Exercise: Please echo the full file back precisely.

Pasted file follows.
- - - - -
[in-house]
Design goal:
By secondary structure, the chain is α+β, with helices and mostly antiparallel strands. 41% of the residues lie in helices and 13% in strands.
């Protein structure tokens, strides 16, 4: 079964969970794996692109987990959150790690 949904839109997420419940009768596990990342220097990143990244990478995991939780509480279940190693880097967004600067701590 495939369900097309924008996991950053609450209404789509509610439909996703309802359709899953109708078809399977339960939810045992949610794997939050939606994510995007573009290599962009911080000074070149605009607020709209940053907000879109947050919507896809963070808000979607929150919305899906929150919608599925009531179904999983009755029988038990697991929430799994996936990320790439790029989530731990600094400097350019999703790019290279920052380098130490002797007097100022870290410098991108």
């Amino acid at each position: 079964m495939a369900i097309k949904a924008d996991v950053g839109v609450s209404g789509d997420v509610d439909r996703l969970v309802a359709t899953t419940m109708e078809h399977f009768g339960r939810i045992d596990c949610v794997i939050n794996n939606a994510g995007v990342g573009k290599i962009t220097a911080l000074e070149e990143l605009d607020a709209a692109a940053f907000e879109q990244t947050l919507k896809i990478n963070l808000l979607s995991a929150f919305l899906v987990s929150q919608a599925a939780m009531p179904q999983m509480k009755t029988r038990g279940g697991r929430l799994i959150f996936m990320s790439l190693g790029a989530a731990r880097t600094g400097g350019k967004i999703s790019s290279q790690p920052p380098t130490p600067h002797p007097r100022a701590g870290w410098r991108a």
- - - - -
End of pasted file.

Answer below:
[in-house]
Design goal:
By secondary structure, the chain is α+β, with helices and mostly antiparallel strands. 41% of the residues lie in helices and 13% in strands.
């Protein structure tokens, strides 16, 4: 079964969970794996692109987990959150790690 949904839109997420419940009768596990990342220097990143990244990478995991939780509480279940190693880097967004600067701590 495939369900097309924008996991950053609450209404789509509610439909996703309802359709899953109708078809399977339960939810045992949610794997939050939606994510995007573009290599962009911080000074070149605009607020709209940053907000879109947050919507896809963070808000979607929150919305899906929150919608599925009531179904999983009755029988038990697991929430799994996936990320790439790029989530731990600094400097350019999703790019290279920052380098130490002797007097100022870290410098991108």
């Amino acid at each position: 079964m495939a369900i097309k949904a924008d996991v950053g839109v609450s209404g789509d997420v509610d439909r996703l969970v309802a359709t899953t419940m109708e078809h399977f009768g339960r939810i045992d596990c949610v794997i939050n794996n939606a994510g995007v990342g573009k290599i962009t220097a911080l000074e070149e990143l605009d607020a709209a692109a940053f907000e879109q990244t947050l919507k896809i990478n963070l808000l979607s995991a929150f919305l899906v987990s929150q919608a599925a939780m009531p179904q999983m509480k009755t029988r038990g279940g697991r929430l799994i959150f996936m990320s790439l190693g790029a989530a731990r880097t600094g400097g350019k967004i999703s790019s290279q790690p920052p380098t130490p600067h002797p007097r100022a701590g870290w410098r991108a």